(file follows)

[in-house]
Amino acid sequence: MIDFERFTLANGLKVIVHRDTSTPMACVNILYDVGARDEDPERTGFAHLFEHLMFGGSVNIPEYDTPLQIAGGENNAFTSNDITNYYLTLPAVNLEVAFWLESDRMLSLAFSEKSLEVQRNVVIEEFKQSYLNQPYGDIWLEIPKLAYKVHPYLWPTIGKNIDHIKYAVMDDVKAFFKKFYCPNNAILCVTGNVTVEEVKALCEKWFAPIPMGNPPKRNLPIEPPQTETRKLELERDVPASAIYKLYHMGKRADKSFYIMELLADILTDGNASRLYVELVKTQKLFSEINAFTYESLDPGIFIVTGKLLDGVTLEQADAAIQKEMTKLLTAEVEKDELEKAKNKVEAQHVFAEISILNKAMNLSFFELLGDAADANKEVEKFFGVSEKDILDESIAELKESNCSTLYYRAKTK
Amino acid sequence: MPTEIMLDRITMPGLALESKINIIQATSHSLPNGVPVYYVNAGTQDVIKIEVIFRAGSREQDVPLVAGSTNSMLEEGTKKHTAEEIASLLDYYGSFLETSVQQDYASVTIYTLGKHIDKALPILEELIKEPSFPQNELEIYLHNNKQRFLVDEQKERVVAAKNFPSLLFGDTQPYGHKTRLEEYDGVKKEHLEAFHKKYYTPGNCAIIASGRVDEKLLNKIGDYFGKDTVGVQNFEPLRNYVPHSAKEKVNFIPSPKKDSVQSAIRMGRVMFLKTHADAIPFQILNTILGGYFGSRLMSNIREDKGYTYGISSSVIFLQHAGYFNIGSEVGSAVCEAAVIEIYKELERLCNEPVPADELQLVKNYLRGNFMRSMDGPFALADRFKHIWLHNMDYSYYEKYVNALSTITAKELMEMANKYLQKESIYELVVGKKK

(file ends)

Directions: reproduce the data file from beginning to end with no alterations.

[in-house]
Amino acid sequence: MIDFERFTLANGLKVIVHRDTSTPMACVNILYDVGARDEDPERTGFAHLFEHLMFGGSVNIPEYDTPLQIAGGENNAFTSNDITNYYLTLPAVNLEVAFWLESDRMLSLAFSEKSLEVQRNVVIEEFKQSYLNQPYGDIWLEIPKLAYKVHPYLWPTIGKNIDHIKYAVMDDVKAFFKKFYCPNNAILCVTGNVTVEEVKALCEKWFAPIPMGNPPKRNLPIEPPQTETRKLELERDVPASAIYKLYHMGKRADKSFYIMELLADILTDGNASRLYVELVKTQKLFSEINAFTYESLDPGIFIVTGKLLDGVTLEQADAAIQKEMTKLLTAEVEKDELEKAKNKVEAQHVFAEISILNKAMNLSFFELLGDAADANKEVEKFFGVSEKDILDESIAELKESNCSTLYYRAKTK
Amino acid sequence: MPTEIMLDRITMPGLALESKINIIQATSHSLPNGVPVYYVNAGTQDVIKIEVIFRAGSREQDVPLVAGSTNSMLEEGTKKHTAEEIASLLDYYGSFLETSVQQDYASVTIYTLGKHIDKALPILEELIKEPSFPQNELEIYLHNNKQRFLVDEQKERVVAAKNFPSLLFGDTQPYGHKTRLEEYDGVKKEHLEAFHKKYYTPGNCAIIASGRVDEKLLNKIGDYFGKDTVGVQNFEPLRNYVPHSAKEKVNFIPSPKKDSVQSAIRMGRVMFLKTHADAIPFQILNTILGGYFGSRLMSNIREDKGYTYGISSSVIFLQHAGYFNIGSEVGSAVCEAAVIEIYKELERLCNEPVPADELQLVKNYLRGNFMRSMDGPFALADRFKHIWLHNMDYSYYEKYVNALSTITAKELMEMANKYLQKESIYELVVGKKK